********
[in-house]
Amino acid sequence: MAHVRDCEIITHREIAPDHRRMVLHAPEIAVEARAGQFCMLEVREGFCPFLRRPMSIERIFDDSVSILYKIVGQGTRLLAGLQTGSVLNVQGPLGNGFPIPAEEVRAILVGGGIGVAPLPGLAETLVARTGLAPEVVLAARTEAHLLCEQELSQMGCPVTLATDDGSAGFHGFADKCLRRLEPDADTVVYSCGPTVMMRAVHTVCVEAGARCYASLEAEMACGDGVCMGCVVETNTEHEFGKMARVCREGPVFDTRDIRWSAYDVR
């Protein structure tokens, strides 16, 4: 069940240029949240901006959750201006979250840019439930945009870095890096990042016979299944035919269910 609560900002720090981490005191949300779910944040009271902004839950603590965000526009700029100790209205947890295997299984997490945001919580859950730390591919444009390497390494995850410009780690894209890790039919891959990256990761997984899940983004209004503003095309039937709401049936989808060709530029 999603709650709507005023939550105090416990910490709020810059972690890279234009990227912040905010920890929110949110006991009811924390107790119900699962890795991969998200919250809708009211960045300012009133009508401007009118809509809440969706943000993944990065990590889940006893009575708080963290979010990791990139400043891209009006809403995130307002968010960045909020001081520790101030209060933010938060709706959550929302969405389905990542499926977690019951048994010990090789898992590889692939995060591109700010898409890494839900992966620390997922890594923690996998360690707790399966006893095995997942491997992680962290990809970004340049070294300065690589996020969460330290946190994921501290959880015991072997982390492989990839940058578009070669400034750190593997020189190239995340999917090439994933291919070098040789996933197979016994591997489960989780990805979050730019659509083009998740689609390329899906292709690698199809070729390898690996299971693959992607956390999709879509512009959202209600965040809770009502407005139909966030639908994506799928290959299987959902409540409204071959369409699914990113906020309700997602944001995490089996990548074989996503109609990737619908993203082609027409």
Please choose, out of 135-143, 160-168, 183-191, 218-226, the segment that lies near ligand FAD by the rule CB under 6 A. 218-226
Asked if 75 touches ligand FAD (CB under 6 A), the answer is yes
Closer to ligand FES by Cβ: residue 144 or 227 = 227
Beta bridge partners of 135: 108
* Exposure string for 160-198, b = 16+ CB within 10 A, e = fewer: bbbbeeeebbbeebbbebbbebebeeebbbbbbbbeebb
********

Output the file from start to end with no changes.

[in-house]
Amino acid sequence: MAHVRDCEIITHREIAPDHRRMVLHAPEIAVEARAGQFCMLEVREGFCPFLRRPMSIERIFDDSVSILYKIVGQGTRLLAGLQTGSVLNVQGPLGNGFPIPAEEVRAILVGGGIGVAPLPGLAETLVARTGLAPEVVLAARTEAHLLCEQELSQMGCPVTLATDDGSAGFHGFADKCLRRLEPDADTVVYSCGPTVMMRAVHTVCVEAGARCYASLEAEMACGDGVCMGCVVETNTEHEFGKMARVCREGPVFDTRDIRWSAYDVR
């Protein structure tokens, strides 16, 4: 069940240029949240901006959750201006979250840019439930945009870095890096990042016979299944035919269910 609560900002720090981490005191949300779910944040009271902004839950603590965000526009700029100790209205947890295997299984997490945001919580859950730390591919444009390497390494995850410009780690894209890790039919891959990256990761997984899940983004209004503003095309039937709401049936989808060709530029 999603709650709507005023939550105090416990910490709020810059972690890279234009990227912040905010920890929110949110006991009811924390107790119900699962890795991969998200919250809708009211960045300012009133009508401007009118809509809440969706943000993944990065990590889940006893009575708080963290979010990791990139400043891209009006809403995130307002968010960045909020001081520790101030209060933010938060709706959550929302969405389905990542499926977690019951048994010990090789898992590889692939995060591109700010898409890494839900992966620390997922890594923690996998360690707790399966006893095995997942491997992680962290990809970004340049070294300065690589996020969460330290946190994921501290959880015991072997982390492989990839940058578009070669400034750190593997020189190239995340999917090439994933291919070098040789996933197979016994591997489960989780990805979050730019659509083009998740689609390329899906292709690698199809070729390898690996299971693959992607956390999709879509512009959202209600965040809770009502407005139909966030639908994506799928290959299987959902409540409204071959369409699914990113906020309700997602944001995490089996990548074989996503109609990737619908993203082609027409």
Please choose, out of 135-143, 160-168, 183-191, 218-226, the segment that lies near ligand FAD by the rule CB under 6 A. 218-226
Asked if 75 touches ligand FAD (CB under 6 A), the answer is yes
Closer to ligand FES by Cβ: residue 144 or 227 = 227
Beta bridge partners of 135: 108
* Exposure string for 160-198, b = 16+ CB within 10 A, e = fewer: bbbbeeeebbbeebbbebbbebebeeebbbbbbbbeebb